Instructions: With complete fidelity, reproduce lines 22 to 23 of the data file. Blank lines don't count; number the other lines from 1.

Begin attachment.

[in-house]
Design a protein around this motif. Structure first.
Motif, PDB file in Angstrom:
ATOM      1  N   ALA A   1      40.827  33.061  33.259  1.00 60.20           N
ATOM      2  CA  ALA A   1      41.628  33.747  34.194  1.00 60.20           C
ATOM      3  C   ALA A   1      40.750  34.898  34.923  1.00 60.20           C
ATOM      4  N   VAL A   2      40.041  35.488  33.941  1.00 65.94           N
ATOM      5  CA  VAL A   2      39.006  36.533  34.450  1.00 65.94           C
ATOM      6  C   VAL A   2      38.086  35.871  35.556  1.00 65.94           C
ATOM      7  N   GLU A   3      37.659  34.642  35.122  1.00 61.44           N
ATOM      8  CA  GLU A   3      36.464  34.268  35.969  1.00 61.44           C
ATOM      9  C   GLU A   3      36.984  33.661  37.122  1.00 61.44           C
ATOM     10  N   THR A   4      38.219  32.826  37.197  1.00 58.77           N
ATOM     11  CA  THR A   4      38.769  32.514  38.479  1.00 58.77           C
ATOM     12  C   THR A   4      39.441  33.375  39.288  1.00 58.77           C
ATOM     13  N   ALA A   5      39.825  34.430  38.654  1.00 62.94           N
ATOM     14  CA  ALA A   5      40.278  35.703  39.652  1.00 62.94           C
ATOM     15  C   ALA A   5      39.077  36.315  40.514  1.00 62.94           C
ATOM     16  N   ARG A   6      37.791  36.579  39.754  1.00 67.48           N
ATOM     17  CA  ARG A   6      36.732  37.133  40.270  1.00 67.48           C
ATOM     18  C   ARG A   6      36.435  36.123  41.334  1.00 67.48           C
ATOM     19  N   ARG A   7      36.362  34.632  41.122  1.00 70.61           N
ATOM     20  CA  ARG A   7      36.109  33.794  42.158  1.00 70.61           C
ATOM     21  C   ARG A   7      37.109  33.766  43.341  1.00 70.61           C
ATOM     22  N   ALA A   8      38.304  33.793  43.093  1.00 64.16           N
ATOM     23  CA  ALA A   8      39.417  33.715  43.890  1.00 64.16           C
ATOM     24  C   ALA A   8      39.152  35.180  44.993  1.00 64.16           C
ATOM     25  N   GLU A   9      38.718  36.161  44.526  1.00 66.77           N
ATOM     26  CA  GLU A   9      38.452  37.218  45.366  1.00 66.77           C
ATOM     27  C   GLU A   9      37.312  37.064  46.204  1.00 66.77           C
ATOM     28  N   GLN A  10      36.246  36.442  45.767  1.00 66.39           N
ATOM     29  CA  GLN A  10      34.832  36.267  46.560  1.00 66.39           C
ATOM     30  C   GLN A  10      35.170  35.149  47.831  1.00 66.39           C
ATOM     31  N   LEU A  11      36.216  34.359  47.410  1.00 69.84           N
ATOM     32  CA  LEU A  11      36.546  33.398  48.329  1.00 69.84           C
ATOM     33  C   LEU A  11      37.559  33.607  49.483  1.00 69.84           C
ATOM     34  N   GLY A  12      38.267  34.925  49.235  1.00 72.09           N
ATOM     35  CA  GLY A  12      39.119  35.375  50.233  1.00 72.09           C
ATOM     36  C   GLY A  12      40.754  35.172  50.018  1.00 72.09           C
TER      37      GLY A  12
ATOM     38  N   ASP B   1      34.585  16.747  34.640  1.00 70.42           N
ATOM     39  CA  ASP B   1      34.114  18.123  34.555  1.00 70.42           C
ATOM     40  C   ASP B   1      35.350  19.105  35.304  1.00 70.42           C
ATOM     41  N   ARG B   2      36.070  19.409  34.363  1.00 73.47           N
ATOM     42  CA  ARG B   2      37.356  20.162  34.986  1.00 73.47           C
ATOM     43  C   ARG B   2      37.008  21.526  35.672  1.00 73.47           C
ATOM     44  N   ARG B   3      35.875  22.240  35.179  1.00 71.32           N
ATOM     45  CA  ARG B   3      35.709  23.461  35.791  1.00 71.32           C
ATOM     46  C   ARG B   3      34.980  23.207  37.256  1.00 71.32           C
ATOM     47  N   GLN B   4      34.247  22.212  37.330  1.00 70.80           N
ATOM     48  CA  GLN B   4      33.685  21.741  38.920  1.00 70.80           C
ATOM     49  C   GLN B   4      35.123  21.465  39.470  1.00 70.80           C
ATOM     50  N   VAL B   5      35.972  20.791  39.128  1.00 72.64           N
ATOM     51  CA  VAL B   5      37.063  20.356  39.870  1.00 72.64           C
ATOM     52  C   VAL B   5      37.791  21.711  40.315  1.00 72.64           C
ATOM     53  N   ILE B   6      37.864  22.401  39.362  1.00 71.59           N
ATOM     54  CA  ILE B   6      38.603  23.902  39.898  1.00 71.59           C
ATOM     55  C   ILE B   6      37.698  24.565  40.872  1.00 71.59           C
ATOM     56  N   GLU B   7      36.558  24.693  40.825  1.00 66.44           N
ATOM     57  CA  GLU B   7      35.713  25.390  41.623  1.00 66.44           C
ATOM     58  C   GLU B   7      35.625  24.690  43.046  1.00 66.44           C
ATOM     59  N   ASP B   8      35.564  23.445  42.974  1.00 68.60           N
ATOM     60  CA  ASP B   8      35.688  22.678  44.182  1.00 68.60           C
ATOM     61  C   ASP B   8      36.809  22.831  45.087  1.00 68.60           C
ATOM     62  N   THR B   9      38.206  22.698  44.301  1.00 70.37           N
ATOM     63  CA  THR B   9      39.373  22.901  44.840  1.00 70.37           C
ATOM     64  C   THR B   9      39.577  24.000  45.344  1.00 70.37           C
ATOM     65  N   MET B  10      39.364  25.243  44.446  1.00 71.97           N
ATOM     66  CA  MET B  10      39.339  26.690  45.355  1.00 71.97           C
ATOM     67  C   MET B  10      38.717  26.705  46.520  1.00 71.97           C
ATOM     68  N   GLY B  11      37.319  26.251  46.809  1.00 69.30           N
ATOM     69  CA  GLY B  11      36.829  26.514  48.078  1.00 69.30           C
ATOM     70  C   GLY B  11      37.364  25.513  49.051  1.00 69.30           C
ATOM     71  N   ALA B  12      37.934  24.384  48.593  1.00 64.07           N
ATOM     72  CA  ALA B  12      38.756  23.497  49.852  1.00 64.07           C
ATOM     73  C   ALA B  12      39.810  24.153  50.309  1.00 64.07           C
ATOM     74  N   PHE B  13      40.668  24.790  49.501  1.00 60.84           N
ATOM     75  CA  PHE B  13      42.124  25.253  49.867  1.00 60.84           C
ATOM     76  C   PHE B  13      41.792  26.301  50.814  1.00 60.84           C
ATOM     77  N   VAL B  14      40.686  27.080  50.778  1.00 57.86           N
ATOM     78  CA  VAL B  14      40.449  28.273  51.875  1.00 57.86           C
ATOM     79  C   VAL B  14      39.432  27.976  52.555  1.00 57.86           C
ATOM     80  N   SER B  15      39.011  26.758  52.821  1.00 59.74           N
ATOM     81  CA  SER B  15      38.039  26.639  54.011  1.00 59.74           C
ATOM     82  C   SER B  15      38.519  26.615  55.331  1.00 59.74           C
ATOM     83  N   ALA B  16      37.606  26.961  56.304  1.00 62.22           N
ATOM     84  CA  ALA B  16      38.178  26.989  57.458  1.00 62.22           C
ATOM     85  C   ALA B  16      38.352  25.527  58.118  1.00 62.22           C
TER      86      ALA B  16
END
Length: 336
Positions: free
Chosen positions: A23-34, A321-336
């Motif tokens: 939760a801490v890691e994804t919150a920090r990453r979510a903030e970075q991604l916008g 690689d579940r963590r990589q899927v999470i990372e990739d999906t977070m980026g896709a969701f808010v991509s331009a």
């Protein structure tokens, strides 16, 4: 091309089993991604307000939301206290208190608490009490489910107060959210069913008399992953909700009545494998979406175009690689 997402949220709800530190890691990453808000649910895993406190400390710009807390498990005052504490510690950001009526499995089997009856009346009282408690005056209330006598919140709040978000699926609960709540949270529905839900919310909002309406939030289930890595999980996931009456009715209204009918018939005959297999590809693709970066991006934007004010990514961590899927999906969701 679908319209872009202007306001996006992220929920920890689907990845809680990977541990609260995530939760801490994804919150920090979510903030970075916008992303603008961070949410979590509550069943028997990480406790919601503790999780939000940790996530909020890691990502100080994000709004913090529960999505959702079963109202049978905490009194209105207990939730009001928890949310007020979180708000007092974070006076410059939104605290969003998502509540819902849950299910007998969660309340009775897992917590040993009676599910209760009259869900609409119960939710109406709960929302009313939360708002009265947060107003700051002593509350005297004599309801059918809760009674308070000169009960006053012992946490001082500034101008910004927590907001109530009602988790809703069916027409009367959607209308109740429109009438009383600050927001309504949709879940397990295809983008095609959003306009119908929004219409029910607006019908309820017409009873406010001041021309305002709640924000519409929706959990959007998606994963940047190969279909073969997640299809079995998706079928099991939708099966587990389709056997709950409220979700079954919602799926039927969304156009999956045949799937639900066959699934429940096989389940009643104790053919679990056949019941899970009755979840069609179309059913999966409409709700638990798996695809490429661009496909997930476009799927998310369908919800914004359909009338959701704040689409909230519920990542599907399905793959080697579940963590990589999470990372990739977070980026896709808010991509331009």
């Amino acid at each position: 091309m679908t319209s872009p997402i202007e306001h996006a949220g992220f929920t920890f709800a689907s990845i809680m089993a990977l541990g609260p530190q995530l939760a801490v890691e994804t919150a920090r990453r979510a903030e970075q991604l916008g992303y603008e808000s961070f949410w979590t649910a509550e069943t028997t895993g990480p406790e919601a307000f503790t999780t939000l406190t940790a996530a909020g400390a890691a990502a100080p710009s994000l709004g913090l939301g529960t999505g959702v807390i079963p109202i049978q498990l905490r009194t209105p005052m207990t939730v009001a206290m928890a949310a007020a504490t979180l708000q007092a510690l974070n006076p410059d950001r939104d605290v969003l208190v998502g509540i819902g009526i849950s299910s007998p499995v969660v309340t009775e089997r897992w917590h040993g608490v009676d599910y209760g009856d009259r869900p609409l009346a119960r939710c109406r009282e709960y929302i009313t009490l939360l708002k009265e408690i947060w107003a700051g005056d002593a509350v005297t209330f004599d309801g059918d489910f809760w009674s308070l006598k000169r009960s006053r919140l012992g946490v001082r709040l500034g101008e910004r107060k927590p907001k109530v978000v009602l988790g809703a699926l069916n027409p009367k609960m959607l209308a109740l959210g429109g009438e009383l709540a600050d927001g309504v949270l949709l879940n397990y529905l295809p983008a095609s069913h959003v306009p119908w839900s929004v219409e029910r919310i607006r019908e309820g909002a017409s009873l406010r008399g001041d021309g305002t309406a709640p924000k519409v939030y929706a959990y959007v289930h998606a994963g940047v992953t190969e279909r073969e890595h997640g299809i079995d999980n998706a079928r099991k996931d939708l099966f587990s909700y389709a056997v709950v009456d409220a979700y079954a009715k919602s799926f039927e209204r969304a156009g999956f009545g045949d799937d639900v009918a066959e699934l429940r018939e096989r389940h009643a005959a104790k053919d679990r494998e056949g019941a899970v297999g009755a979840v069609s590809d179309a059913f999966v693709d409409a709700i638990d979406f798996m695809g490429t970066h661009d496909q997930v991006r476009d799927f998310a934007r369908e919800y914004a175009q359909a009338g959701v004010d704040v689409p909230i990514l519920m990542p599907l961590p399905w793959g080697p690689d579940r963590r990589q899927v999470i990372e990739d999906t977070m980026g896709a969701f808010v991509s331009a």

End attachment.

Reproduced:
ATOM     19  N   ARG A   7      36.362  34.632  41.122  1.00 70.61           N
ATOM     20  CA  ARG A   7      36.109  33.794  42.158  1.00 70.61           C